Methods

Pediatric and adult rheumatologists at Penn State Hershey Medical Center were asked by survey which pediatric patient characteristics they believed were required to ease transition to adult medical care. Two pediatric rheumatologists, three adult rheumatologists, and two combined medicine and pediatric trained adult/pediatric rheumatologists all from one academic medical center completed our survey. These physicians had been practicing rheumatology from 4 to 20 years, and all routinely take care of young adults who are transitioning or have transitioned. Due to a lack of available published validated transition readiness questionnaires at the time this study was conceptualized, in 2007, we created a questionnaire using the results from our survey.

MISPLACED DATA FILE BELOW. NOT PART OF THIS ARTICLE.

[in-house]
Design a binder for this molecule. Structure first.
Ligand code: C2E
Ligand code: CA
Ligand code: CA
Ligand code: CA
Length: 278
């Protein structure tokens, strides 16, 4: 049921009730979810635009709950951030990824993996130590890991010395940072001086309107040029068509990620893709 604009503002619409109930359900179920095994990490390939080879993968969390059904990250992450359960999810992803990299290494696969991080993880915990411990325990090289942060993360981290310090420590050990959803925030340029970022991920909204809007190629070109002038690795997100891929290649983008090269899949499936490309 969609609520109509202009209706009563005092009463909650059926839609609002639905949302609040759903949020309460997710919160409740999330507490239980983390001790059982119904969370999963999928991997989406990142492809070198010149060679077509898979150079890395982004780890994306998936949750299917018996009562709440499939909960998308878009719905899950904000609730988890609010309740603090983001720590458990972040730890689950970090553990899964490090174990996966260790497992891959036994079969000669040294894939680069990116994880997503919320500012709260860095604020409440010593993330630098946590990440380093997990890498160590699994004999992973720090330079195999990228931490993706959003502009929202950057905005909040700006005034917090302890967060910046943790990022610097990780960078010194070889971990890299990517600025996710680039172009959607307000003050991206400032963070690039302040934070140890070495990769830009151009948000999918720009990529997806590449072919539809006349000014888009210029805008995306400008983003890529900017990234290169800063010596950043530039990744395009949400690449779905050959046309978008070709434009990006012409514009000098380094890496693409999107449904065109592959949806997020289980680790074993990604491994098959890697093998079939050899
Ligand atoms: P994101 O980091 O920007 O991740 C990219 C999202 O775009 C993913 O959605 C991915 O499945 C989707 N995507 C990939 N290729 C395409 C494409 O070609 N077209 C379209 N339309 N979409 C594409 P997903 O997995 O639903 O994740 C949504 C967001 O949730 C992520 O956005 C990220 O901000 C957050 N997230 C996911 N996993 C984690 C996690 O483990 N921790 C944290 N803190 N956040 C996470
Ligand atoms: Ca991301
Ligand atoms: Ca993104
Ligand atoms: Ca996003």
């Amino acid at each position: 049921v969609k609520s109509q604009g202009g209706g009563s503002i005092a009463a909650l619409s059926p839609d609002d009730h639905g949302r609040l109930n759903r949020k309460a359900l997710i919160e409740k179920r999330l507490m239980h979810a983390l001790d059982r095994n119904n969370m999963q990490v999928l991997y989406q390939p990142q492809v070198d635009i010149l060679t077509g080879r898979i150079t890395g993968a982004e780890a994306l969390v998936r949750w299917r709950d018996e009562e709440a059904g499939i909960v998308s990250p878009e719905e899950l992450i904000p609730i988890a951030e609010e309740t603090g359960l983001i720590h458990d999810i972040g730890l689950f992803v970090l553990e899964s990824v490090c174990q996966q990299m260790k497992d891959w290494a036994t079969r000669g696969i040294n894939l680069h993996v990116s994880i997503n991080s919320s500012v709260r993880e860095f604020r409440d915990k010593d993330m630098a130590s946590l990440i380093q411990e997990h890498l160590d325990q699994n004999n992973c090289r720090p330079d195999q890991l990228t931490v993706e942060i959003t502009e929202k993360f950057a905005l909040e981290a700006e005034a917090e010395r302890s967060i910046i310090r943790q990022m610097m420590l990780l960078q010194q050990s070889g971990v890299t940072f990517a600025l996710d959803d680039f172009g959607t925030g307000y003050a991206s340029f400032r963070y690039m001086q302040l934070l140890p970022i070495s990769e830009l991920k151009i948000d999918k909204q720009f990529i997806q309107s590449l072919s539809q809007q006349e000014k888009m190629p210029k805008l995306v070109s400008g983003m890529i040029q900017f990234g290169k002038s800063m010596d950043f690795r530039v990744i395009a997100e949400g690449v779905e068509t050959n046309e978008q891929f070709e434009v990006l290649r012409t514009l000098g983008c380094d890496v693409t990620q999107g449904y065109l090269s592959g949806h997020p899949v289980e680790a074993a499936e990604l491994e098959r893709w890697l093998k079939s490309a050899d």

The 41 item questionnaire was comprised of two types of questions. The first set of questions included demographic, disease features, and life skills questions. Demographic questions included age, gender, race, age of parent, if adolescent was living at home, and family income. Disease specific information was collected including diagnosis (more than one was allowed, e.g. secondary juvenile fibromyalgia), medications prescribed, whether lab monitoring was required, and disease duration. Patient pain score and global assessment of overall well-being were included. Life skill questions asked whether the patient had a driver’s license, what grades he/she attained in school, and if the patient ever had a summer job. The second set of questions pertained to independence in managing medical care. Examples of such questions included the following: “Do you take your medications as prescribed without someone reminding you?”; “When you don’t feel well, who usually phones the doctor?”; “Who would you call first if you ran out of medication and had no refills?”; and “Who makes your routine doctor’s appointments?”. Institutional Review Board approval and informed consent was obtained from all participants. Teenage/young adult rheumatology patients with any rheumatic condition were invited to participate in the study at the end of a pediatric rheumatology clinic visit from 2008 until 2010. These patients filled out the questionnaire independently, without parental input, while in the exam room.